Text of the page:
Exploring geocodr’s clusters

Heres a slightly modified geocodr that returns details about all the clusters that the geocodr finds and the photos that make up the clusters. It can return the bounding box of the clusters too. Options are there to just display the main one, all clusters and/or all points within each cluster. In addition, it can take all the other standard geocodr params.

webservice url: http://geothings.ning.com/Flickr/flickrgeocodr_cluster.php documentation

Example application here: http://geothings.ning.com/geocodrjson.php.

Those with firebug extension can view the json nicely, but it also “stringifies” it onto the page. It returns in both JSON and XML format.

Flickr Geocodr – k-means cluster enabled geocoder

Here’s a geocoder that finds places based on the combined knowledge – the tags, title or description of geotagged Flickr Photos. Example Application. Now that Flickr has 10 Million Geotagged pics, there’s a fair chance that people will add tags to them that describes the location. So searching for photos tagged with Manchester, will probably bring up a lot of photos that are located in Manchester. However, it will also bring up other groups of photos, and this is where clustering comes into play. geocodr.png

This work is inspired by Mikel Maron’s Flickr Geocoder, which grabs photos via the geoRSS feed, and uses the mean value of the locations. The Flickr GeoRSS feed Mikel used also includes photos that have no locational information – so we have to use an API call(flickr.photos.search) to grab more geotagged photos, and a simple mean value doesn’t take into account the clustering of photos that are found, for multiple areas.

I ported over and changed a Java k-means clustering algorithm into PHP. The clustering process seems to be very fast.

world-manchester4wide.jpg
this screenshot shows a search for Manchester across the world, and shows the number of clusters. It picks out the cluster with the largest number of points within it.

You can get different results by changing a number of parameters both in the clustering and the flickr api call. I found that three or four clusters gave a good result, the number of points around 50 was sufficient, but a larger sample would give a better answer, searching by tag or text, using a bounding box etc, could improve or change results.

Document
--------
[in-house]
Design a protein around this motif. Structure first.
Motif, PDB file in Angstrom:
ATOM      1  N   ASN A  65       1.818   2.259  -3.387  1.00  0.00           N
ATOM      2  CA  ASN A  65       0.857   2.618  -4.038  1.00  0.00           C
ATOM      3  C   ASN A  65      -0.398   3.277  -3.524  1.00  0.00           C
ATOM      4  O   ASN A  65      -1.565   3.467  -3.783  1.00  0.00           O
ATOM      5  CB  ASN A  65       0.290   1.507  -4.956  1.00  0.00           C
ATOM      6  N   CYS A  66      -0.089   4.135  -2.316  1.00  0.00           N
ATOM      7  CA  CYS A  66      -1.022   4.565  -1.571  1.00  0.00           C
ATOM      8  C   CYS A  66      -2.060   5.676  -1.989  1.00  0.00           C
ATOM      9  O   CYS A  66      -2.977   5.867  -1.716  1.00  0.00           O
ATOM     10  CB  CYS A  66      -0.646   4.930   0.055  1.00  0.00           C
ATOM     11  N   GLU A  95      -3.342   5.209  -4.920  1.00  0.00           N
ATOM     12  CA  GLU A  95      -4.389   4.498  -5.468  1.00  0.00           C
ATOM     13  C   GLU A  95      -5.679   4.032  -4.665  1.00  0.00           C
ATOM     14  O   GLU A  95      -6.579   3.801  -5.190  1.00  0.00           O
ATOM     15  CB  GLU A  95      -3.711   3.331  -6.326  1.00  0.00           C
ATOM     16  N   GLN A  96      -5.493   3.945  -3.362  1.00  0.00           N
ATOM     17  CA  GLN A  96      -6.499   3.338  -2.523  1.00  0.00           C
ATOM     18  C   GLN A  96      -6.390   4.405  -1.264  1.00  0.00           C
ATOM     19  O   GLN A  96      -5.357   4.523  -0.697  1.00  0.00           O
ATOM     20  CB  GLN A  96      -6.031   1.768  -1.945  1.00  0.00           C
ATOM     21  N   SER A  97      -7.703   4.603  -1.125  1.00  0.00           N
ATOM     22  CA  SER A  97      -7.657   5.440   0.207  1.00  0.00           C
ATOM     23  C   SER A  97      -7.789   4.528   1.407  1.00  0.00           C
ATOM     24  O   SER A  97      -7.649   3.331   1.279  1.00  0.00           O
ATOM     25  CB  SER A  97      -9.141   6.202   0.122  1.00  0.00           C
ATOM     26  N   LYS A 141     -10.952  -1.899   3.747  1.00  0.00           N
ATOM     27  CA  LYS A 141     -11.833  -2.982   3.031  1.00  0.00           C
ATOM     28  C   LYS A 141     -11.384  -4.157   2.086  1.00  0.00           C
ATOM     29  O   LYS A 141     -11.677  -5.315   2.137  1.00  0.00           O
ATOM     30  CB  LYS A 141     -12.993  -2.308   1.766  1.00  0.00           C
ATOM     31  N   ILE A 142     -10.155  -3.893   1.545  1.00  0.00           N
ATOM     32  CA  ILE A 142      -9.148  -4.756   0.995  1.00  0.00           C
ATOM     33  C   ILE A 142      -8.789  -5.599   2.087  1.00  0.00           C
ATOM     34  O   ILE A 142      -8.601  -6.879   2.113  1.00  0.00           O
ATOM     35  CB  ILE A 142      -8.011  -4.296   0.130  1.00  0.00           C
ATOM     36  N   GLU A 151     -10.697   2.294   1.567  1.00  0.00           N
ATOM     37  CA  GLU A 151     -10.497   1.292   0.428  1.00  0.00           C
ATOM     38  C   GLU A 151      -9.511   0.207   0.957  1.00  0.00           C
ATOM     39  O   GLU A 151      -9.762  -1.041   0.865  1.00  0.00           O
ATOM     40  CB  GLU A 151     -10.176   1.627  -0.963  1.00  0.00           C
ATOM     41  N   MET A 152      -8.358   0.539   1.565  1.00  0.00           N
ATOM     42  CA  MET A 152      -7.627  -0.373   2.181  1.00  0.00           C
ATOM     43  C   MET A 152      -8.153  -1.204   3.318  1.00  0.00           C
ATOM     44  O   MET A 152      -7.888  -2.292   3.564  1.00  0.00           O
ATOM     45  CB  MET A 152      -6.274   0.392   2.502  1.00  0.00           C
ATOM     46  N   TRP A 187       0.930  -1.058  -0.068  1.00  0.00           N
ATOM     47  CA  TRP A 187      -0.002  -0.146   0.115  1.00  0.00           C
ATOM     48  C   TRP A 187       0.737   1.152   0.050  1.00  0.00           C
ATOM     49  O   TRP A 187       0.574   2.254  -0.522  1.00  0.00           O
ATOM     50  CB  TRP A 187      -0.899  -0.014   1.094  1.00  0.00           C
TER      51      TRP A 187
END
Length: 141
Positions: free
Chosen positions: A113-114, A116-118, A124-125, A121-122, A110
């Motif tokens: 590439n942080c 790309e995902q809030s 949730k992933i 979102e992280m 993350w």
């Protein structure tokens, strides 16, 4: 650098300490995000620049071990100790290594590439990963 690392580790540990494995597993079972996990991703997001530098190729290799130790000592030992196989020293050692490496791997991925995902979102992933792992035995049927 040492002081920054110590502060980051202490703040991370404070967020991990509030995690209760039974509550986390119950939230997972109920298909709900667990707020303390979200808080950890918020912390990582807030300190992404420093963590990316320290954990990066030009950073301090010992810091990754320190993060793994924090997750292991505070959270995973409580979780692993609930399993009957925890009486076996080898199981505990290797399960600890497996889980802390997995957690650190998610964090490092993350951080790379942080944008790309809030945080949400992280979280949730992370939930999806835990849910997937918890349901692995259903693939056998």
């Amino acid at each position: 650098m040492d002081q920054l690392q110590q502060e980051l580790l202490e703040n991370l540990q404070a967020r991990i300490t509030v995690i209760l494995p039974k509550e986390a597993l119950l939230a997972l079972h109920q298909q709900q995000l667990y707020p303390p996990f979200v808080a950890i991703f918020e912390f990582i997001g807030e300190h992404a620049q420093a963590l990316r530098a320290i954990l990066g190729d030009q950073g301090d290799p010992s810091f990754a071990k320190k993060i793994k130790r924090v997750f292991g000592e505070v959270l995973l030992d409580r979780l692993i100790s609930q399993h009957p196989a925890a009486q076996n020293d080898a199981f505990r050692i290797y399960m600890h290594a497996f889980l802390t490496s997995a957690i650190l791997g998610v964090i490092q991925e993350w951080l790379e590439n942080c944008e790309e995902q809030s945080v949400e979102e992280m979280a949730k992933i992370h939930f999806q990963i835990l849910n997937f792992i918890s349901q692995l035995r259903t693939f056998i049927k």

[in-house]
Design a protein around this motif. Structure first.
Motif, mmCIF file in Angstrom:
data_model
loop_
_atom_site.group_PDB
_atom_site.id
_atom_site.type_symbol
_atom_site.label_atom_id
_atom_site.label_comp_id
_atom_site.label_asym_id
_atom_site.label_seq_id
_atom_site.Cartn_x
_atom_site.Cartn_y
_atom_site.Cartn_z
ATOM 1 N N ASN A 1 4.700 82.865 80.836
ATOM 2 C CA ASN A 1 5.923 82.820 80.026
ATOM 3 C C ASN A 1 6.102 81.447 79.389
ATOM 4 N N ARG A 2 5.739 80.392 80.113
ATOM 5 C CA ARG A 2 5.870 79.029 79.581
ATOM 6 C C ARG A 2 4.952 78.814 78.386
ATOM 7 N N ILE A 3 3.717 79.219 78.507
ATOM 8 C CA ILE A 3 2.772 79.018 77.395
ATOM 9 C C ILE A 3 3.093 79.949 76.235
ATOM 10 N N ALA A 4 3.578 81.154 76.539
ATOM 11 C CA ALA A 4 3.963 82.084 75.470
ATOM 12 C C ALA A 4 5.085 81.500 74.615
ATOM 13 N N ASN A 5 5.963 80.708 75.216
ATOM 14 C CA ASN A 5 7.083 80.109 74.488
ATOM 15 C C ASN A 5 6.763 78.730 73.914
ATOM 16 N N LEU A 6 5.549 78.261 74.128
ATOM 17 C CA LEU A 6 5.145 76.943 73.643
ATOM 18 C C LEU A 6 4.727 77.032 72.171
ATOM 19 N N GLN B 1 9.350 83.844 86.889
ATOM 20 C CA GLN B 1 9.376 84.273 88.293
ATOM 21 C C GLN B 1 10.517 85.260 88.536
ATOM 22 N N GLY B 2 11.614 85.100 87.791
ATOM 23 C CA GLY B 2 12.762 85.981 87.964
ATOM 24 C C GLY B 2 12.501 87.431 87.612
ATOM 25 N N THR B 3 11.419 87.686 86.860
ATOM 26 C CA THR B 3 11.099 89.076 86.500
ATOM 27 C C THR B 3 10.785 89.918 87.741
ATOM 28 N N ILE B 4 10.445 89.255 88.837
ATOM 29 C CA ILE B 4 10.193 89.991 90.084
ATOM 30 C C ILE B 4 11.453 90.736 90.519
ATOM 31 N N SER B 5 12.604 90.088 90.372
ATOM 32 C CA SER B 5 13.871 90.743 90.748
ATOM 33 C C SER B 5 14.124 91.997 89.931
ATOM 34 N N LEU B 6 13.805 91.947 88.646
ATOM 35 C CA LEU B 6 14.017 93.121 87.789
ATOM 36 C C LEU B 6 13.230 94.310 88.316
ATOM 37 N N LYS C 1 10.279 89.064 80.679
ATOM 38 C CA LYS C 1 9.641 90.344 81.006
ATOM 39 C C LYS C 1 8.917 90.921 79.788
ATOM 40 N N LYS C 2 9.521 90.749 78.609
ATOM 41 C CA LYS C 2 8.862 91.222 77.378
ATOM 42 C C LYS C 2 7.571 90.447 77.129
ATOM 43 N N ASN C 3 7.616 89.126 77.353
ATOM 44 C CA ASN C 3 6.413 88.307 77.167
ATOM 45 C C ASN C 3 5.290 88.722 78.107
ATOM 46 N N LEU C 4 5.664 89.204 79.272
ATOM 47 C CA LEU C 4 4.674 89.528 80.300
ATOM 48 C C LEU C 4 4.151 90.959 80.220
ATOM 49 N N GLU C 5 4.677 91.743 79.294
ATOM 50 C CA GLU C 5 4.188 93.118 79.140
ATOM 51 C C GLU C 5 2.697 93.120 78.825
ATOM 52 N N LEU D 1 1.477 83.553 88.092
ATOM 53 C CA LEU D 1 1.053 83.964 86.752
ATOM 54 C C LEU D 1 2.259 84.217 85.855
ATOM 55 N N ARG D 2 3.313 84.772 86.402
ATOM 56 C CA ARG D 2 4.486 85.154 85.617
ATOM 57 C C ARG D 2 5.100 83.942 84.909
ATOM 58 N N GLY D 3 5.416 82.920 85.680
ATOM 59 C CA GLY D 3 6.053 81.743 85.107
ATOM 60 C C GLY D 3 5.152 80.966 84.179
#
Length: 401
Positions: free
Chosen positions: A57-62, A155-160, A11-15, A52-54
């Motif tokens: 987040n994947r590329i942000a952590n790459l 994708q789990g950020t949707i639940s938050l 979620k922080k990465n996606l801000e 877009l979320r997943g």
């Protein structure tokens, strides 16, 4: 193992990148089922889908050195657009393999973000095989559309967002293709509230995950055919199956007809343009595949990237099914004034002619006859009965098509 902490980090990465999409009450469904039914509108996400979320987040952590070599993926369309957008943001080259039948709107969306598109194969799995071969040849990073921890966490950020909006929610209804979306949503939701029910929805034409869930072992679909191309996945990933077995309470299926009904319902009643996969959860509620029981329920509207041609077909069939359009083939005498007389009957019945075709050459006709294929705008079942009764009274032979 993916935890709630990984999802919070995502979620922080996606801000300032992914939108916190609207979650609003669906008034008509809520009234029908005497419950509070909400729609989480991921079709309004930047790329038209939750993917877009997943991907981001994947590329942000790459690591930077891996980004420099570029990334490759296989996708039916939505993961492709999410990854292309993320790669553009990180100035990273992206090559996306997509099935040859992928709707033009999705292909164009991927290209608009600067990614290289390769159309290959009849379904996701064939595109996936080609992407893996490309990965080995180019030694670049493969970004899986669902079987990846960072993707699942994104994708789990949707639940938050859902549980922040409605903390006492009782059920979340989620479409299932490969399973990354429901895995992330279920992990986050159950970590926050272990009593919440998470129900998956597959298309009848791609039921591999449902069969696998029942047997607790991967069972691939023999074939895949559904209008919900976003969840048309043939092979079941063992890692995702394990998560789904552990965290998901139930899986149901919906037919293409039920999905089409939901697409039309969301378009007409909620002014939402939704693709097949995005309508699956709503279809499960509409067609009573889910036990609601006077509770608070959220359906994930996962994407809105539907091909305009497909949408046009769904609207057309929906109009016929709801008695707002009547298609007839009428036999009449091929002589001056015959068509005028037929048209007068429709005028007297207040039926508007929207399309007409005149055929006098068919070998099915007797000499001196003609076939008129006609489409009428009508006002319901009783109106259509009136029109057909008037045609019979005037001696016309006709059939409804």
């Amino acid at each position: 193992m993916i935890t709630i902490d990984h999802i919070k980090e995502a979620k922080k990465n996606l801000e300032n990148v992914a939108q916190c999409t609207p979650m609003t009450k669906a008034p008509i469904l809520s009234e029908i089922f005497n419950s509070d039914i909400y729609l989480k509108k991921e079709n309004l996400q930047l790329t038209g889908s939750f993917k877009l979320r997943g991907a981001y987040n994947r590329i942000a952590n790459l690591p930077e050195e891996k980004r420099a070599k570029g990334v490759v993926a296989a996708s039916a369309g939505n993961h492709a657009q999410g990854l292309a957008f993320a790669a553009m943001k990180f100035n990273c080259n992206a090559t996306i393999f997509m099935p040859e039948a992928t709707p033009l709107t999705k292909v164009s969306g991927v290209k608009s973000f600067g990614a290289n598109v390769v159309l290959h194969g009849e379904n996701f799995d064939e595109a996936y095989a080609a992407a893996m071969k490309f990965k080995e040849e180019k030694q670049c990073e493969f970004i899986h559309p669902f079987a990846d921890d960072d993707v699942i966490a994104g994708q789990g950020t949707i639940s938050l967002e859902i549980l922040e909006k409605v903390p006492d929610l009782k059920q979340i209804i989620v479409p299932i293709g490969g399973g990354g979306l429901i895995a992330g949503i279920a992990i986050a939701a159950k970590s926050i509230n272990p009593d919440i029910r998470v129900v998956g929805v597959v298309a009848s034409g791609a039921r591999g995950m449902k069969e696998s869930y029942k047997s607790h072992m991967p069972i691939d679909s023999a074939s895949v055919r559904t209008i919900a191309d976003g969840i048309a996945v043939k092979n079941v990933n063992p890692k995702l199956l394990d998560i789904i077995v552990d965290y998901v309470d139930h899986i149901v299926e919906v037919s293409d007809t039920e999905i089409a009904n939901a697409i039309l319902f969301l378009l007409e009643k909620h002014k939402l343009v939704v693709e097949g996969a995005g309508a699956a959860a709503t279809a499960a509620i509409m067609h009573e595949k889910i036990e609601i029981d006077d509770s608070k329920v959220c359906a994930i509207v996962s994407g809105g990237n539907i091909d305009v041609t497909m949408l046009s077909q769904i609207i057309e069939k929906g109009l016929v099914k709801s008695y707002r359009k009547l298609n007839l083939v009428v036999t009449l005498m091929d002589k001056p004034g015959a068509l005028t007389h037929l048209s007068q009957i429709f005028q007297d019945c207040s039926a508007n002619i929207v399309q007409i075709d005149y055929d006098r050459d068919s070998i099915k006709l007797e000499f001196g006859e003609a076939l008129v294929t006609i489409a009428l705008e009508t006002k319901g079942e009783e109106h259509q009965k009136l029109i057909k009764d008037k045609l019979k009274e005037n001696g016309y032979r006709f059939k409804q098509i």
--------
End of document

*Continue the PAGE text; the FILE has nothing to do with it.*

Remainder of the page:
In the Example Application, and as default setting on the geocoder, it returns photos based on “interestingness” rather than “relevance” or date. This seemed to give a good spread of different authors, and photos.

This is clustering based on geographical proximity, but how about clustering based on other variables? The similarity of other tags? Colours in the photo? Date or time taken? A multi-variate clustering may be worth looking at. Dan Catt has talked about clustering recently too.

Possible things for the future:
Automatically search by text if no results are given by tags.
Make pure clustering webservice.
Return photo and cluster, points information back in response.

Edits: For the Ning users:
I made use of <xn:head> to insert the relevant OpenLayers javascript code, and marker code.
Since Ning uses dojo, I used that to communicate via javascript to the webservice:

var bindArgs = {
url: “Flickr/flickrgeocodr.php”,
method: “get”,
content: {“place”: place },
mimetype: “text/xml”,
load: function(type, data) {
doPlace(data, place)
}
};
dojo.io.bind(bindArgs);
}

Grassroots remapping – OpenStreetMap conference for 2007?

Steve writes on OpenGeoData.org about the first Openstreetmap conference mooted for mid 2007 in the UK. Looking forward to that, should be great to get everyone together around tables that haven’t, for the most part of the day, got beer on them. The active social nature of OSM’ers however is a postive strength and indication of the level of comittment and involvment by individuals to make this project suceed. Steve also posted an animated gif by RandomJunk for OSM activity in London. This is just one months worth of activity from 16 October to 14 November 2006!
london.gif